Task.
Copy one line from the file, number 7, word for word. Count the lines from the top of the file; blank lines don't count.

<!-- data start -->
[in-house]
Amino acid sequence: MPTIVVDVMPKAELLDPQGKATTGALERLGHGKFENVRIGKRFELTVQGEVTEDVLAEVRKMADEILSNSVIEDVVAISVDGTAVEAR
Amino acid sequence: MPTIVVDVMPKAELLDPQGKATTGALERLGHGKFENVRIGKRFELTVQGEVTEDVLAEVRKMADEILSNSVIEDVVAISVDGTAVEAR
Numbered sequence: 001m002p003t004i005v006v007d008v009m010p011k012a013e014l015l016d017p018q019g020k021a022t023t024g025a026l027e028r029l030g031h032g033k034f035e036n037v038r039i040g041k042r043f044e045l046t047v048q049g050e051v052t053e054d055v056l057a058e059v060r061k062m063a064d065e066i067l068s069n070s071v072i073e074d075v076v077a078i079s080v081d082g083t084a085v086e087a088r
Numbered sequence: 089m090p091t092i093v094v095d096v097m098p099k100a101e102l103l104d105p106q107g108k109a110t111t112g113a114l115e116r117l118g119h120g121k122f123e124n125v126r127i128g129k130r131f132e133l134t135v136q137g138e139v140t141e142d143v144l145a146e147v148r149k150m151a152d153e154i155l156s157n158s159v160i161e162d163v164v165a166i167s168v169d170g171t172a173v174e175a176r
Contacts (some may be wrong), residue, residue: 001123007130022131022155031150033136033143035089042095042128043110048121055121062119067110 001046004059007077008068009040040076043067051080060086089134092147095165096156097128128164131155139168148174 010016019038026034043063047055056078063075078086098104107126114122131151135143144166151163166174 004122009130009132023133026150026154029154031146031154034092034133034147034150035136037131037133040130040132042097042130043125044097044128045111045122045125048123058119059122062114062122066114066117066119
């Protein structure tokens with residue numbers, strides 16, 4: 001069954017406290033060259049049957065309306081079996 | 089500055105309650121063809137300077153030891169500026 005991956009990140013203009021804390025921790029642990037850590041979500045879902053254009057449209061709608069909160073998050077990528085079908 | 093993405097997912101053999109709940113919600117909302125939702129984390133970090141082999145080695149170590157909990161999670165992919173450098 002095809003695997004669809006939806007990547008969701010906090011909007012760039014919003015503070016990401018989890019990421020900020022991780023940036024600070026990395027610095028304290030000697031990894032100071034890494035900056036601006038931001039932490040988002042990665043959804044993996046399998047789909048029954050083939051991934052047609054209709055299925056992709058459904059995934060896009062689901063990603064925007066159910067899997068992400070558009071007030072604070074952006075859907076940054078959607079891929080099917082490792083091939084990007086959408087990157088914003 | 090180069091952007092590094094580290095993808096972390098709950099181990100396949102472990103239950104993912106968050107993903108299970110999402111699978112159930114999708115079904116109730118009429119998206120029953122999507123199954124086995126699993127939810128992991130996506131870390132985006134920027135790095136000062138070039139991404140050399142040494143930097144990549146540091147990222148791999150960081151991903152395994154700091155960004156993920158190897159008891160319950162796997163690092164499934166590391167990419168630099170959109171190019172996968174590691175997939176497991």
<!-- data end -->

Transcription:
């Protein structure tokens with residue numbers, strides 16, 4: 001069954017406290033060259049049957065309306081079996 | 089500055105309650121063809137300077153030891169500026 005991956009990140013203009021804390025921790029642990037850590041979500045879902053254009057449209061709608069909160073998050077990528085079908 | 093993405097997912101053999109709940113919600117909302125939702129984390133970090141082999145080695149170590157909990161999670165992919173450098 002095809003695997004669809006939806007990547008969701010906090011909007012760039014919003015503070016990401018989890019990421020900020022991780023940036024600070026990395027610095028304290030000697031990894032100071034890494035900056036601006038931001039932490040988002042990665043959804044993996046399998047789909048029954050083939051991934052047609054209709055299925056992709058459904059995934060896009062689901063990603064925007066159910067899997068992400070558009071007030072604070074952006075859907076940054078959607079891929080099917082490792083091939084990007086959408087990157088914003 | 090180069091952007092590094094580290095993808096972390098709950099181990100396949102472990103239950104993912106968050107993903108299970110999402111699978112159930114999708115079904116109730118009429119998206120029953122999507123199954124086995126699993127939810128992991130996506131870390132985006134920027135790095136000062138070039139991404140050399142040494143930097144990549146540091147990222148791999150960081151991903152395994154700091155960004156993920158190897159008891160319950162796997163690092164499934166590391167990419168630099170959109171190019172996968174590691175997939176497991």